Figure 1. Gac seedlings leaf response to increasing soil salinity. (A) Rate of electrolyte leakage, (B) starch content, (C) total soluble sugar. Different lowercase letters indicate significant differences between treatments (p < 0.05). (D) Chlorophyll a, b and total chlorophyll in gac leaf at the seedling stage. Values are means ± SE (n = 6). Lower case letters, numbers, and capital letters denote significant differences in chlorophyll a, chlorophyll b, and total chlorophyll content, respectively, between treatments (p < 0.05).
Plants 11 02447 g001
Figure 2. Antioxidant enzyme activity in gac leaves in response to salinity stress. Activity assayed included (A) APX, (B) GPX, (C) CAT, and (D) SOD. Values are means ± SE (n = 6). Different lowercase letters indicate significant differences between treatments (p < 0.05).
Figure 2. Antioxidant enzyme activity in gac leaves in response to salinity stress. Activity assayed included (A) APX, (B) GPX, (C) CAT, and (D) SOD. Values are means ± SE (n = 6). Different lowercase letters indicate significant differences between treatments (p < 0.05).
Plants 11 02447 g002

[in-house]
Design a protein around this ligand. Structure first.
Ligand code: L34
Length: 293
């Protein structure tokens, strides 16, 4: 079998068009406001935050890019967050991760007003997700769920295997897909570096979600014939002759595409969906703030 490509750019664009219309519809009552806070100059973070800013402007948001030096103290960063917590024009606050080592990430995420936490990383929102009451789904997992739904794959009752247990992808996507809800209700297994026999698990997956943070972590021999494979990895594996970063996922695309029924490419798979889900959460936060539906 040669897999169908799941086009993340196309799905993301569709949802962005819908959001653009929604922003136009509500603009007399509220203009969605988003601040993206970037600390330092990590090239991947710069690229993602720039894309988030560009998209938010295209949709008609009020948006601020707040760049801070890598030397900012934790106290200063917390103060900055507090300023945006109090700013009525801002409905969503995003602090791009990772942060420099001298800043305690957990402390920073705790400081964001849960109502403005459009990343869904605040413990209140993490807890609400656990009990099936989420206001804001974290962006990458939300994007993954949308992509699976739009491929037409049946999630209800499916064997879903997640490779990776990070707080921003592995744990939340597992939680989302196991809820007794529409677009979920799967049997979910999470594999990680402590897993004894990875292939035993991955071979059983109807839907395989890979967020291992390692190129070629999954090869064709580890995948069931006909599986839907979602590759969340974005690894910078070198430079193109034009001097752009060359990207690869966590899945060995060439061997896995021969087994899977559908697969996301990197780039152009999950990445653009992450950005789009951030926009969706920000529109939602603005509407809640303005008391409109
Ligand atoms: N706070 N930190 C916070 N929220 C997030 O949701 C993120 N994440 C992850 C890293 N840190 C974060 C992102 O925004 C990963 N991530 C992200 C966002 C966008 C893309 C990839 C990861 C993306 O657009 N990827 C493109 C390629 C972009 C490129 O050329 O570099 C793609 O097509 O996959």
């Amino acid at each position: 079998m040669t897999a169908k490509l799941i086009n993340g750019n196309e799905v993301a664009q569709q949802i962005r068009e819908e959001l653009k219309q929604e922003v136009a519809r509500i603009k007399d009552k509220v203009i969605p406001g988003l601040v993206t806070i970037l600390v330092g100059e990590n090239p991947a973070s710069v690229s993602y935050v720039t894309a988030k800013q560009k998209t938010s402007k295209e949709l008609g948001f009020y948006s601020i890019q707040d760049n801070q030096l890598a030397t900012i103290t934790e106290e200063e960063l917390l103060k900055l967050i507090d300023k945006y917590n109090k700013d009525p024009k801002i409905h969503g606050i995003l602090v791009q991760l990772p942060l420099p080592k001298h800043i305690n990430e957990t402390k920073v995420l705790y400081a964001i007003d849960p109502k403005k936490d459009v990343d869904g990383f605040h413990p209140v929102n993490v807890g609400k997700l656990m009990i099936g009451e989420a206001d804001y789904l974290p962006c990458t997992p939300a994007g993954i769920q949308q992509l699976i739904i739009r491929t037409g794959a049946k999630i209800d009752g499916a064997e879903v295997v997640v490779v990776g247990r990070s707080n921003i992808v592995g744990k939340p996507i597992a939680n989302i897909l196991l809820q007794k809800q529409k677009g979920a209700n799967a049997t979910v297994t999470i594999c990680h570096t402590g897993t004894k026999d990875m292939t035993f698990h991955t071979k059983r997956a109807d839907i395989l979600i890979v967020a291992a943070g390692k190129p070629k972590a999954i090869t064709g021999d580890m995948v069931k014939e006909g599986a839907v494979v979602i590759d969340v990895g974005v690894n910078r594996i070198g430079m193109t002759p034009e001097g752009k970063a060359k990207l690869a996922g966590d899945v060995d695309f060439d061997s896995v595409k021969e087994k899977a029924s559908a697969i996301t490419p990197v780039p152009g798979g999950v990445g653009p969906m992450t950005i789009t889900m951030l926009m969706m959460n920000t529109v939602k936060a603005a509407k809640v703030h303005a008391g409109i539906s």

Figure 3. Multivariate analysis of metabolites assayed by GC−MS in gac leaf grown under salinity. (A) PLS−DA, (B) OPLS−DA of control and 25 mM groups, (C) OPLS−DA of control and 50 mM groups, (D) OPLS-DA of control and 100 mM groups and (E) OPLS−DA of control and 150 mM groups. Each of six biological replicates was individually plotted and the samples were projected onto a bi-plot showing the first two PCs. Each symbol on the plot represents data from 637 metabolites reduced to a single data point defined by the first (PLSC1) and second (PLSC2) PLSC. Samples that have similar metabolite compositions will cluster together while samples that are different will be further apart. The percentage variation explained by each PC is shown in parentheses on each axis. Please note the x-axes were automatically drawn to differing scales and do not allow for a true comparison of the distinction between control and salt treatment across experiments.